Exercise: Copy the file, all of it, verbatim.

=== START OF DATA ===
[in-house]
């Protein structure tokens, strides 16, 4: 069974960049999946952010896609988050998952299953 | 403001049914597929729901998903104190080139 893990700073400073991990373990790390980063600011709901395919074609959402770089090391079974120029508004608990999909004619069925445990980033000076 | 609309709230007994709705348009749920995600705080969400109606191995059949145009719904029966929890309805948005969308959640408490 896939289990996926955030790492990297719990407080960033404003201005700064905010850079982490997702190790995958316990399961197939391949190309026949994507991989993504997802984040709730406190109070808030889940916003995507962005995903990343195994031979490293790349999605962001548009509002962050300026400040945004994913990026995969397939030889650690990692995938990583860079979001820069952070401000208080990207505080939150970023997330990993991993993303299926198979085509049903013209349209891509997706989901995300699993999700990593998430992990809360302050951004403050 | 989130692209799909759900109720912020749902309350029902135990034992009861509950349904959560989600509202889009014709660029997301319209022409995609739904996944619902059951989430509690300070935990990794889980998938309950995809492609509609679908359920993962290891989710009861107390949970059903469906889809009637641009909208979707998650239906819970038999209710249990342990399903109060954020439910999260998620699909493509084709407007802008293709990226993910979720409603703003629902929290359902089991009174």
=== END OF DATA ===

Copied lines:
[in-house]
């Protein structure tokens, strides 16, 4: 069974960049999946952010896609988050998952299953 | 403001049914597929729901998903104190080139 893990700073400073991990373990790390980063600011709901395919074609959402770089090391079974120029508004608990999909004619069925445990980033000076 | 609309709230007994709705348009749920995600705080969400109606191995059949145009719904029966929890309805948005969308959640408490 896939289990996926955030790492990297719990407080960033404003201005700064905010850079982490997702190790995958316990399961197939391949190309026949994507991989993504997802984040709730406190109070808030889940916003995507962005995903990343195994031979490293790349999605962001548009509002962050300026400040945004994913990026995969397939030889650690990692995938990583860079979001820069952070401000208080990207505080939150970023997330990993991993993303299926198979085509049903013209349209891509997706989901995300699993999700990593998430992990809360302050951004403050 | 989130692209799909759900109720912020749902309350029902135990034992009861509950349904959560989600509202889009014709660029997301319209022409995609739904996944619902059951989430509690300070935990990794889980998938309950995809492609509609679908359920993962290891989710009861107390949970059903469906889809009637641009909208979707998650239906819970038999209710249990342990399903109060954020439910999260998620699909493509084709407007802008293709990226993910979720409603703003629902929290359902089991009174």